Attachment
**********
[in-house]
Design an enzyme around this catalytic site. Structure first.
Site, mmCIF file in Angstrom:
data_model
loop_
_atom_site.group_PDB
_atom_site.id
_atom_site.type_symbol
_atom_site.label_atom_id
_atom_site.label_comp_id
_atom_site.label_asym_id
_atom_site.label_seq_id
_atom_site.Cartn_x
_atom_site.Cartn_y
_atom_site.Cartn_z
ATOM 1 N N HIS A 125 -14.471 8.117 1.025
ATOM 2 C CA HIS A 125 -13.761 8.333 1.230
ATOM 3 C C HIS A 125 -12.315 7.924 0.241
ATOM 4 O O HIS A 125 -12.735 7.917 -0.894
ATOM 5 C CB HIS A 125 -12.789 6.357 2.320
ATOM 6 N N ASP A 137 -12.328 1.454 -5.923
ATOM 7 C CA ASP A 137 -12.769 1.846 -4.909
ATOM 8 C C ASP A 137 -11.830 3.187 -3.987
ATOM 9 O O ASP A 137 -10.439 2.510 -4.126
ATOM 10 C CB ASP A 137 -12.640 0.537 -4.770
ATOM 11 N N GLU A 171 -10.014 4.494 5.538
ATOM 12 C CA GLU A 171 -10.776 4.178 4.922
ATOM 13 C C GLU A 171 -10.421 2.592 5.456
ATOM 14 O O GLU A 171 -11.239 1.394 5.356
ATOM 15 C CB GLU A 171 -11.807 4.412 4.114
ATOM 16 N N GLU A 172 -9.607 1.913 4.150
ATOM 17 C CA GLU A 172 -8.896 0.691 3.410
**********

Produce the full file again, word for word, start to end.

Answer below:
[in-house]
Design an enzyme around this catalytic site. Structure first.
Site, mmCIF file in Angstrom:
data_model
loop_
_atom_site.group_PDB
_atom_site.id
_atom_site.type_symbol
_atom_site.label_atom_id
_atom_site.label_comp_id
_atom_site.label_asym_id
_atom_site.label_seq_id
_atom_site.Cartn_x
_atom_site.Cartn_y
_atom_site.Cartn_z
ATOM 1 N N HIS A 125 -14.471 8.117 1.025
ATOM 2 C CA HIS A 125 -13.761 8.333 1.230
ATOM 3 C C HIS A 125 -12.315 7.924 0.241
ATOM 4 O O HIS A 125 -12.735 7.917 -0.894
ATOM 5 C CB HIS A 125 -12.789 6.357 2.320
ATOM 6 N N ASP A 137 -12.328 1.454 -5.923
ATOM 7 C CA ASP A 137 -12.769 1.846 -4.909
ATOM 8 C C ASP A 137 -11.830 3.187 -3.987
ATOM 9 O O ASP A 137 -10.439 2.510 -4.126
ATOM 10 C CB ASP A 137 -12.640 0.537 -4.770
ATOM 11 N N GLU A 171 -10.014 4.494 5.538
ATOM 12 C CA GLU A 171 -10.776 4.178 4.922
ATOM 13 C C GLU A 171 -10.421 2.592 5.456
ATOM 14 O O GLU A 171 -11.239 1.394 5.356
ATOM 15 C CB GLU A 171 -11.807 4.412 4.114
ATOM 16 N N GLU A 172 -9.607 1.913 4.150
ATOM 17 C CA GLU A 172 -8.896 0.691 3.410